Here are the examples the writing expert offered. “It was the best of times, it was the worst of times.” “The noise was terrifying.” The verb structure “was walking.” Sentences beginning with “it was” or “there were.” And “she made her way.”

My online editor friends had a field day. You see, none of those examples is passive. Here's my recent column explaining where the blogger went wrong.

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July 10, 2017

The Things Copy Editors Notice

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An editing error in this paragraph from a CNN story a few weeks ago caught my eye.

“DHS’ acting Director of Cyber Division of the department’s Office of Intelligence and Analysis, Samuel Liles, said that by late September, the intelligence community concluded that 21 states ‘were potentially targeted by Russian government-linked cyber actors’ with scanning of Internet-connected election systems.”

In all fairness, I should say that the error might not be an error in every editing style. But I still say it was the wrong call. Here's my column that explains what I mean.

 

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July 3, 2017

New York Times Copy Editors on the Chopping Block

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New York Times reporters and other staff members staged a walkout recently to protest deep cuts to the paper's copy editing staff. I was touched by the gesture.

Copy editors spend their days picking apart writers' work. It's our job to be a thorn in their sides, nitpicking everything from missing commas to badly written sentences (that we're not shy about labeling badly written). We ask all kinds of deliberately stupid questions to highlight the holes in their stories. As someone who's been on both sides of the process, I can tell you how annoying it is when an editor asks you to check a name spelling in a story you've already forgotten about in your rush to meet your next deadline.

But, of course, we're all on the same team—working to assure that the finished product is the best it can be. And, of course, writers appreciate copy editors' contributions.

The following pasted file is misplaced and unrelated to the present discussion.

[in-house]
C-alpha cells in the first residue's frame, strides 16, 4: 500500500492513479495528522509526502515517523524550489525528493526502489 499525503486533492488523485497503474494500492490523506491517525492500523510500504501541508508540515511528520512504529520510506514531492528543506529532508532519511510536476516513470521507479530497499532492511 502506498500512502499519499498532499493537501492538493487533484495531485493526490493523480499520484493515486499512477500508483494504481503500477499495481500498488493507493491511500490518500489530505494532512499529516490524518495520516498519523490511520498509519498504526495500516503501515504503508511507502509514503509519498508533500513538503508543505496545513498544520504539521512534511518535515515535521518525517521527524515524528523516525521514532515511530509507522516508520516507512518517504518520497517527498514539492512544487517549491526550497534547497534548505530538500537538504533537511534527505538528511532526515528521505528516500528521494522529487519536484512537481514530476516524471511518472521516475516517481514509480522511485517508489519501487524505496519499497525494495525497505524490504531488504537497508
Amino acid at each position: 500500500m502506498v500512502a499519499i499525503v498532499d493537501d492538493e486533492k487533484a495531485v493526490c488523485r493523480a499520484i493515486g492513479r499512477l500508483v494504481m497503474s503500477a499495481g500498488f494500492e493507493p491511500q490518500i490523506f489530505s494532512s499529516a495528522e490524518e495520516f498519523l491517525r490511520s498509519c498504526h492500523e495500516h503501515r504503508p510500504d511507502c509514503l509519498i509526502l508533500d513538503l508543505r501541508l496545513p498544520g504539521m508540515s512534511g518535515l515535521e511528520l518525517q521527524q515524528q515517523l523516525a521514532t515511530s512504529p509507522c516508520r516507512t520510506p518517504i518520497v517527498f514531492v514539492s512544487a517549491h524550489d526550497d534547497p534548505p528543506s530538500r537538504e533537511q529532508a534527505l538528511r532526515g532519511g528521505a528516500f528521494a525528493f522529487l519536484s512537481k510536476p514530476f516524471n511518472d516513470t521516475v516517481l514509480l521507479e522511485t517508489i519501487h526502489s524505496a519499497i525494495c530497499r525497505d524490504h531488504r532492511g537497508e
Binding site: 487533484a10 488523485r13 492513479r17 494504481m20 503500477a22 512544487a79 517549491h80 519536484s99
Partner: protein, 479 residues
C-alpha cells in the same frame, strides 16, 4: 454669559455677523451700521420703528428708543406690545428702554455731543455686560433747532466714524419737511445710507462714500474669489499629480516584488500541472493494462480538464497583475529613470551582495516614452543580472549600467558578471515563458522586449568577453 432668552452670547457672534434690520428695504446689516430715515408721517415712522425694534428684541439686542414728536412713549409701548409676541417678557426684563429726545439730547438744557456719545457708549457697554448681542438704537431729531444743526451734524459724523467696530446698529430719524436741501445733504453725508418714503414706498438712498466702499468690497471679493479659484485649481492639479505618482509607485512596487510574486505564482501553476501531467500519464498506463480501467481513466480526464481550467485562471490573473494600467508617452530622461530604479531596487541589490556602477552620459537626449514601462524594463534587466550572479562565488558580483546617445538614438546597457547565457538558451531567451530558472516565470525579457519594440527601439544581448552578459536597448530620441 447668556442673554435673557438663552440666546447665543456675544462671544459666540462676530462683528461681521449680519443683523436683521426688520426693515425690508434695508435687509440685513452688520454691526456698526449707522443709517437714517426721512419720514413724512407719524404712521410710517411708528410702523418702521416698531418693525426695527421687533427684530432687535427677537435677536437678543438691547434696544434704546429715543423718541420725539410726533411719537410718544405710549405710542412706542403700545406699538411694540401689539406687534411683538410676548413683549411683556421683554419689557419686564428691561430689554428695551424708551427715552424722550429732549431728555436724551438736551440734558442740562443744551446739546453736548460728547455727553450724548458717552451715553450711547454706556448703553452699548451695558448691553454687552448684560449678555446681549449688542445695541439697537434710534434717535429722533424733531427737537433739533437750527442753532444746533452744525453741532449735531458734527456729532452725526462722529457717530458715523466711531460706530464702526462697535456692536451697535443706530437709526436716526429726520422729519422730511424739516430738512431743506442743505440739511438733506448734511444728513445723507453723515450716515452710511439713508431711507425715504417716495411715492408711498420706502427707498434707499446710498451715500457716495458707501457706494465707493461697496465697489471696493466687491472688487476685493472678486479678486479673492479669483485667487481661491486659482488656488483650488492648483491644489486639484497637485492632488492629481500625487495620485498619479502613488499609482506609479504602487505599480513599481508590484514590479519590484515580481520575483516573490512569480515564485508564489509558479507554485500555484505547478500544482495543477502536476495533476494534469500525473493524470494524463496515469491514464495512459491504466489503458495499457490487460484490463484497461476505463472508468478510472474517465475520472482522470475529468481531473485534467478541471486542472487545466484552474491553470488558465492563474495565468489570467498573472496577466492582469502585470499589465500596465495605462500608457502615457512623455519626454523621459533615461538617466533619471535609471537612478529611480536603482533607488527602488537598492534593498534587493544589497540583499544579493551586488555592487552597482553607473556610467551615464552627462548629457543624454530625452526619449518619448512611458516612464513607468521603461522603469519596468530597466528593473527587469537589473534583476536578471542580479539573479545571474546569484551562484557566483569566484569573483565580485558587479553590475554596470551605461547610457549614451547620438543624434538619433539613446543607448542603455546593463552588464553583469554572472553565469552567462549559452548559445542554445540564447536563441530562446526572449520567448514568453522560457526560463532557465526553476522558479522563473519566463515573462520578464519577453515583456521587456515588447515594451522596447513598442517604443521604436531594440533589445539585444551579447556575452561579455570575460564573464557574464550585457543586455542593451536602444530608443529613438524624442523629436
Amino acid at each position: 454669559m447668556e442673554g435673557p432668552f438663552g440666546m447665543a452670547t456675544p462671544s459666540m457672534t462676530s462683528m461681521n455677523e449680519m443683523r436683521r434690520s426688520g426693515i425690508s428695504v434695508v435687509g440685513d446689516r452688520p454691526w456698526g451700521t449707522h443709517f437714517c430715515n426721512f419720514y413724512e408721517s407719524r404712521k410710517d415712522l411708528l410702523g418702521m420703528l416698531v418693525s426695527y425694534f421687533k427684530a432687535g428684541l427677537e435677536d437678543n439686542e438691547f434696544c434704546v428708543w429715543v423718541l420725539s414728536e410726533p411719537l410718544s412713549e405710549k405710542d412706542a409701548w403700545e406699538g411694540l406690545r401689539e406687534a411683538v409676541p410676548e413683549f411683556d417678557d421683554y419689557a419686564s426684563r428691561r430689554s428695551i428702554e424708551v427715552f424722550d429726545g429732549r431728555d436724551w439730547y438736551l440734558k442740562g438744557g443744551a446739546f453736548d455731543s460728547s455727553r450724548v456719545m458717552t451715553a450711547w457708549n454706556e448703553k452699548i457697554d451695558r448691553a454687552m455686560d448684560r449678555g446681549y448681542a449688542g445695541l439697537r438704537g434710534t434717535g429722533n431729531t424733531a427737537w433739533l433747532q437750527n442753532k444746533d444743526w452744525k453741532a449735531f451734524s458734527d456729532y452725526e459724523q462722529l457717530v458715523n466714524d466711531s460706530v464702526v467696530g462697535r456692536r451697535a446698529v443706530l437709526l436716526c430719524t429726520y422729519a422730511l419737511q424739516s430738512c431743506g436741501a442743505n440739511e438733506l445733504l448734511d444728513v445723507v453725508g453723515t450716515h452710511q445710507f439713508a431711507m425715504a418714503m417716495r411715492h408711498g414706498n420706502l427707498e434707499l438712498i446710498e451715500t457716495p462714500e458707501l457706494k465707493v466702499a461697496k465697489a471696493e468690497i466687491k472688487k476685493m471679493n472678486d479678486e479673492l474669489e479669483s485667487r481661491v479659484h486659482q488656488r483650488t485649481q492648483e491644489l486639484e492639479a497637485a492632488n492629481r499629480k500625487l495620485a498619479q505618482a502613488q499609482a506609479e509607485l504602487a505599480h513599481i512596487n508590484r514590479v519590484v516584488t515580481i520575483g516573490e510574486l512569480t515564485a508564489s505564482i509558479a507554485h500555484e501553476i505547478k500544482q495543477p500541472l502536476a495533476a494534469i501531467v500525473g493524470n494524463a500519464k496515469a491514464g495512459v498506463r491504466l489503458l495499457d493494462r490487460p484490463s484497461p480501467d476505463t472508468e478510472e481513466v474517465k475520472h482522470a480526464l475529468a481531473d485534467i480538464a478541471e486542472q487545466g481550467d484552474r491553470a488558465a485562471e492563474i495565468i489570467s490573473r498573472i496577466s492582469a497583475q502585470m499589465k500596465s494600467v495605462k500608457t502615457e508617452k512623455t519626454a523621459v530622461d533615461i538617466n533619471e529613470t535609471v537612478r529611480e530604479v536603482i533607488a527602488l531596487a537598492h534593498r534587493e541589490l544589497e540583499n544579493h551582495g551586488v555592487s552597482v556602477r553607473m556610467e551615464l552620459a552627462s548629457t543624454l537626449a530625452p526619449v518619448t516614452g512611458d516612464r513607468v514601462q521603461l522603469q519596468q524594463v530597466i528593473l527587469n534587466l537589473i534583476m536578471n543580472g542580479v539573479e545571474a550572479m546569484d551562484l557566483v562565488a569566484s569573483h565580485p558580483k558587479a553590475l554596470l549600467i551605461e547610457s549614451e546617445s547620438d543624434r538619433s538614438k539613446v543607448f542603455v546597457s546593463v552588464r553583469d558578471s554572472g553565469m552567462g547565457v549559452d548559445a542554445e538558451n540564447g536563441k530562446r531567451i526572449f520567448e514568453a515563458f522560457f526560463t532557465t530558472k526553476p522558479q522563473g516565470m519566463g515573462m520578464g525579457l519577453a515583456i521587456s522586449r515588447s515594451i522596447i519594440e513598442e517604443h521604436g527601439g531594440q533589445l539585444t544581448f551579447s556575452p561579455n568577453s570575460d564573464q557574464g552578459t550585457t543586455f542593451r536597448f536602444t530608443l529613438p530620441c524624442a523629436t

"As a journalist, I've been saved by my copy editors many, many times," Nikole Hannah-Jones, a reporter for the New York Times Magazine who took part in the walkout, told CNN. "They play a critical role in the newsroom."

Nice to hear.

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June 26, 2017

Want to Correct Someone Else's 'Whom'? Not So Fast

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Knowing how to use “whom” is a lonely business. Sometimes you feel like no one’s on your team — not even the most successful wordsmiths of all time.

Exhibit A: This tweet from J.K. Rowling, in which the kajillion-selling author of the Harry Potter series reports having unsubscribed from another user’s tweets: “Just unfollowed a man whom I thought was smart and funny.”

When I read that, I was overcome with an almost uncontrollable urge to reply that she’d used “whom” wrong, perhaps including a brief primer on how to use it right. The impulse was strong, but I’m pleased to report that I took the road less obnoxious. I said nothing, which isn’t easy for an insufferable know-it-all like me.

Here's what I did instead and how you can avoid the same mistake.

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June 19, 2017

Music to Help Kids with Grammar?

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In case you missed it, NPR did an interesting piece a few weeks ago about the intersections of rhythm and grammar. From the piece:

Gordon has previously published research showing a correlation in children between good rhythm skills and a good grasp of grammar. She found children who can detect rhythmic variations in music have an easier time putting sentences together.